According to Morrie, what should we be teaching in the classroom called "life"?
According to Morrie, we should be teaching people how to understand the true meaning of life. He maintains that most people are unhappy because they let the prevailing culture dictate their values.
But the big things—how we think, what we value—those you must choose yourself. You can’t let anyone—or any society determine those for you.
Since much of modern society is focused on material ambitions and desires, people often neglect to nurture intimate relationships with their families and friends. Morrie asserts that many of us take too much for granted. We fail to see that, to live well, we must accept the imminence of death. Morrie tells Mitch that "death is as natural as life. It's part of the deal we made." Once we know that, we can begin to appreciate what life really is. It is about knowing how to give and to receive love. It is about looking "at our potential, stretching ourselves into everything we can become" on behalf of those we love.
“Remember what I said about finding a meaningful life? I wrote it down, but now I can recite it: Devote yourself to loving others, devote yourself to your community around you, and devote yourself to creating something that gives you purpose and meaning. You notice,” he added, grinning, “there’s nothing in there about a salary.”
Morrie believes that the current culture is teaching people the wrong things. In his discussions with Mitch about life, Morrie quotes from "Erich Fromm, Martin Buber, Erik Erikson." He tells Mitch that life is all about the "tension of opposites." Basically, this means that we are always struggling against opposing desires.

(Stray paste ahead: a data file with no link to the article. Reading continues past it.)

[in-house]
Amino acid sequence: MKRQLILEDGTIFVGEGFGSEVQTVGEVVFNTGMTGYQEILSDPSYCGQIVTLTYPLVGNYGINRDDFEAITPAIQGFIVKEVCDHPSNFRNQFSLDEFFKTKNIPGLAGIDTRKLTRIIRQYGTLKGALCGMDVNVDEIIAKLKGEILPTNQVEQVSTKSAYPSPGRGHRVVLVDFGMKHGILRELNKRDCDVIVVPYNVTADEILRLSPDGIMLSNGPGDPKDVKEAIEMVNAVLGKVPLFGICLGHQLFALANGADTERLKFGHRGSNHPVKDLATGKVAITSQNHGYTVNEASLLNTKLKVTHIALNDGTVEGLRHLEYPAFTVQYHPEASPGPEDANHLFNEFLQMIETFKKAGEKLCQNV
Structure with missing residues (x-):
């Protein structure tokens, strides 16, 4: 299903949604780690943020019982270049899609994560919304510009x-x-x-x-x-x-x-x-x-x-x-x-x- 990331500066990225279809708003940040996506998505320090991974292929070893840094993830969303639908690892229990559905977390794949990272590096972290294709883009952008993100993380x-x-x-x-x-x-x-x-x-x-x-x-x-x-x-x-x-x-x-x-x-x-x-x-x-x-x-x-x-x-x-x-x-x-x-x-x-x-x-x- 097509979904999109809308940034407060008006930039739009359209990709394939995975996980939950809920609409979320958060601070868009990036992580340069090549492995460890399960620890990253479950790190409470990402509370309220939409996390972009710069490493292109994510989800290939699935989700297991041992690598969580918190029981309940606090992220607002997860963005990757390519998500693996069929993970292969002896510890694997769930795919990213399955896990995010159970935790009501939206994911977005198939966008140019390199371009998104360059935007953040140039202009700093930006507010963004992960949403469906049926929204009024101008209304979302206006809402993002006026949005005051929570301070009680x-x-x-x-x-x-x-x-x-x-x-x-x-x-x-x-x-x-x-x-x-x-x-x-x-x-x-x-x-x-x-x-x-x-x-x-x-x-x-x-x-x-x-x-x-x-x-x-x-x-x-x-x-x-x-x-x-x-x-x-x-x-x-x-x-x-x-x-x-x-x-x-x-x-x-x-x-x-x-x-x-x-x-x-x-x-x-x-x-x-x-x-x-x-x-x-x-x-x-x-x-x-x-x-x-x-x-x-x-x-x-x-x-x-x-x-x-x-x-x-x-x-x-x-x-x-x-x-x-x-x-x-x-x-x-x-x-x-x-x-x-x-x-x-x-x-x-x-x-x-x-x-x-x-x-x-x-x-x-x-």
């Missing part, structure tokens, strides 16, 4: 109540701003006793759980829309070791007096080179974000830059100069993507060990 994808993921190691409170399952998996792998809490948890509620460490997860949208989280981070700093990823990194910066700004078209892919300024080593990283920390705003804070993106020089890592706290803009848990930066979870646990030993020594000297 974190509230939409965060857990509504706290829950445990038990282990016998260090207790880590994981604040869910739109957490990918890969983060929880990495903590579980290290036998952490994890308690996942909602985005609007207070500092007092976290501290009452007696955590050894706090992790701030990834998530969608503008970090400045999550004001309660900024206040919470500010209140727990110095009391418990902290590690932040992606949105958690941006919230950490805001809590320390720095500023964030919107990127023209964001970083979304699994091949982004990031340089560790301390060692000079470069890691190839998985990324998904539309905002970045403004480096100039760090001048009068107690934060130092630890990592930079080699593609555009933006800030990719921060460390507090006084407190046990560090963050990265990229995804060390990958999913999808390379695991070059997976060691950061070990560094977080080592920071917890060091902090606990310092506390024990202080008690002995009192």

“Life is a series of pulls back and forth. You want to do one thing, but you are bound to do something else. Something hurts you, yet you know it shouldn’t. You take certain things for granted, even when you know you should never take anything for granted. A tension of opposites, like a pull on a rubber band. And most of us live somewhere in the middle."
When Mitch asks how such a tug-of-war can be won, Morrie answers that such a war can only be won when love wins. In teaching Mitch about the crisis of personal identity and the conflict of the divided self, Morrie asserts that all of us must decide to let love guide our life if we want to find contentment and satisfaction in living. Additionally, once we have learned how to live, we will know how to die in dignity. This is what Morrie maintains that we should be teaching in the classroom called "life."
In Mitch Albom's "Tuesdays With Morrie," he included several quotations by Morrie Schwartz that are very indicative of his philosophy on the "classroom of life."
"The most important thing in life is to learn how to give out love, and to let it come in. " and "Learn how to live and you'll know how to die; learn how to die and you'll learn how to live."
Morrie believed very strongly that unless we learn to care about each other and treat each other equally our society is doomed. As Morrie tells Mitch in the book when they are discussing the OJ Simpson case, "we are all born and we all die that makes us the same."